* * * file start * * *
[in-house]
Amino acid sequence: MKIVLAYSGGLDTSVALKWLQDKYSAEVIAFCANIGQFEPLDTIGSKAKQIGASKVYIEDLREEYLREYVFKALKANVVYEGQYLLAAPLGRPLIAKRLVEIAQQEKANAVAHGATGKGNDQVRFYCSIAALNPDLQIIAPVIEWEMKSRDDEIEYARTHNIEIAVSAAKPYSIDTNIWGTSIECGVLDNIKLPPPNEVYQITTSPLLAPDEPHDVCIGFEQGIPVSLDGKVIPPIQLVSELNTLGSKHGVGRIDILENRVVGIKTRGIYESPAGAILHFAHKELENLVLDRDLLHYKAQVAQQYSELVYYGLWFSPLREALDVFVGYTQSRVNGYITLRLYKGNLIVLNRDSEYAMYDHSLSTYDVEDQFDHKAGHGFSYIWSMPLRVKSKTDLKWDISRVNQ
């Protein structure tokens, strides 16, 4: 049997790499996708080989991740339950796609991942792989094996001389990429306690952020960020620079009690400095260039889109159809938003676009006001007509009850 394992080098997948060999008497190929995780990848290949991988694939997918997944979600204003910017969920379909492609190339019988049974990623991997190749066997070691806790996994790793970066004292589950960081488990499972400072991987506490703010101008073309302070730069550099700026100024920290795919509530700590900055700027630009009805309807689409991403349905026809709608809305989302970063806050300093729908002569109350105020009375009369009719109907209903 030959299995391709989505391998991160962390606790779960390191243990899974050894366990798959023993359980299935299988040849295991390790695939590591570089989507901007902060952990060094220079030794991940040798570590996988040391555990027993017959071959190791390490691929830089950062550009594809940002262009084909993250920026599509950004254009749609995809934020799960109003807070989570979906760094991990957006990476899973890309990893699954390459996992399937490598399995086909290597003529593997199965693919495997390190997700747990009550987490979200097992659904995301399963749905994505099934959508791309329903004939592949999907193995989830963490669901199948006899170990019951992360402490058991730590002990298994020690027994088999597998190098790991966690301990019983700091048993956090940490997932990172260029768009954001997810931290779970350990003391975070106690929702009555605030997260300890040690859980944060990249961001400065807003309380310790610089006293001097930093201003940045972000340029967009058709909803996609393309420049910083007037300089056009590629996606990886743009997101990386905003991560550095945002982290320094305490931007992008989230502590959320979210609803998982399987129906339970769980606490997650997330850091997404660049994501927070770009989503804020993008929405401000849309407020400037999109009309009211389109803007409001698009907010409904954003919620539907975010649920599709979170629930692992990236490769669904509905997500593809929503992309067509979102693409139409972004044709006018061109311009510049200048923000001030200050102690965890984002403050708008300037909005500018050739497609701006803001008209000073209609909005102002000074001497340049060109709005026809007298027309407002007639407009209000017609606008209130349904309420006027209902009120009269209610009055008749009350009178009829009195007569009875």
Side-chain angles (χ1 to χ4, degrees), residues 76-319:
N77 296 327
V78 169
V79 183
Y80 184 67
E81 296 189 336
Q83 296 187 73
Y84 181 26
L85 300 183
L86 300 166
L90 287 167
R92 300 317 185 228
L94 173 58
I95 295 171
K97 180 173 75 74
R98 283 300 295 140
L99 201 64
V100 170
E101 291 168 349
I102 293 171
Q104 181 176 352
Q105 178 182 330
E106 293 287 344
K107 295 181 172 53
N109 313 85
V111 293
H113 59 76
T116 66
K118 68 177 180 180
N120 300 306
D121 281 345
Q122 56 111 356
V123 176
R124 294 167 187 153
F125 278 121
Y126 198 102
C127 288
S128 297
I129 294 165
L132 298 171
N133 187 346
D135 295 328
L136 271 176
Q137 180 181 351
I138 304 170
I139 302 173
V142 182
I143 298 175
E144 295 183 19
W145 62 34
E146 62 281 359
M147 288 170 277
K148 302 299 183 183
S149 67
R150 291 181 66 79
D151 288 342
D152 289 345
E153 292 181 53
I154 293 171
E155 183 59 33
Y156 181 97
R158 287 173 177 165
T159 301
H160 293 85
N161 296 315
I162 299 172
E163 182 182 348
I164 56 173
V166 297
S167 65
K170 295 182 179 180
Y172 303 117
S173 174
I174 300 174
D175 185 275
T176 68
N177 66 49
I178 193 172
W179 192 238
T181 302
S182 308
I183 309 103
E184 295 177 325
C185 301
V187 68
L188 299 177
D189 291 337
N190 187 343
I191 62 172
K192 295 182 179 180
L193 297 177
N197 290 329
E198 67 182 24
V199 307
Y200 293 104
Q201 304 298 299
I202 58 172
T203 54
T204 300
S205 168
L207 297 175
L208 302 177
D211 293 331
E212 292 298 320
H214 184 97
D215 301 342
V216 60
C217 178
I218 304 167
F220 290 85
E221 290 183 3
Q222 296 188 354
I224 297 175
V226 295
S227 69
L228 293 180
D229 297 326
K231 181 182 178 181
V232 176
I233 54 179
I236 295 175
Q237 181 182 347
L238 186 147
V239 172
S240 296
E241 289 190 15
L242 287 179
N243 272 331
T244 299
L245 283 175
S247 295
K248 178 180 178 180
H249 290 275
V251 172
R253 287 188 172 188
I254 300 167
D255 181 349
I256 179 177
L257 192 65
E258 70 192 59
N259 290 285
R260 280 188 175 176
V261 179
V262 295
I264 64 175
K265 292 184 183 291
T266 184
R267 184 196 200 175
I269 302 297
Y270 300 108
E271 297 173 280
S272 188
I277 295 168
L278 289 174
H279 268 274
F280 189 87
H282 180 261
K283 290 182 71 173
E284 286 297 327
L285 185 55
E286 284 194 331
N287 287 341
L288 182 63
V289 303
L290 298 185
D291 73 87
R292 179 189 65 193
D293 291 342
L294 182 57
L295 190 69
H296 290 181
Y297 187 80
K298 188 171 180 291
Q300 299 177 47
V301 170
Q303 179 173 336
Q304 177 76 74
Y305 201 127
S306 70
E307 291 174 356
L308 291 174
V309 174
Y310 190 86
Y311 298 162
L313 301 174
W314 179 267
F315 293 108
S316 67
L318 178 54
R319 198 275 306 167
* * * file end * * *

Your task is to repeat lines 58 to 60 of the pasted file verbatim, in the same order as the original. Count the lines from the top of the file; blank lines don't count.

R150 291 181 66 79
D151 288 342
D152 289 345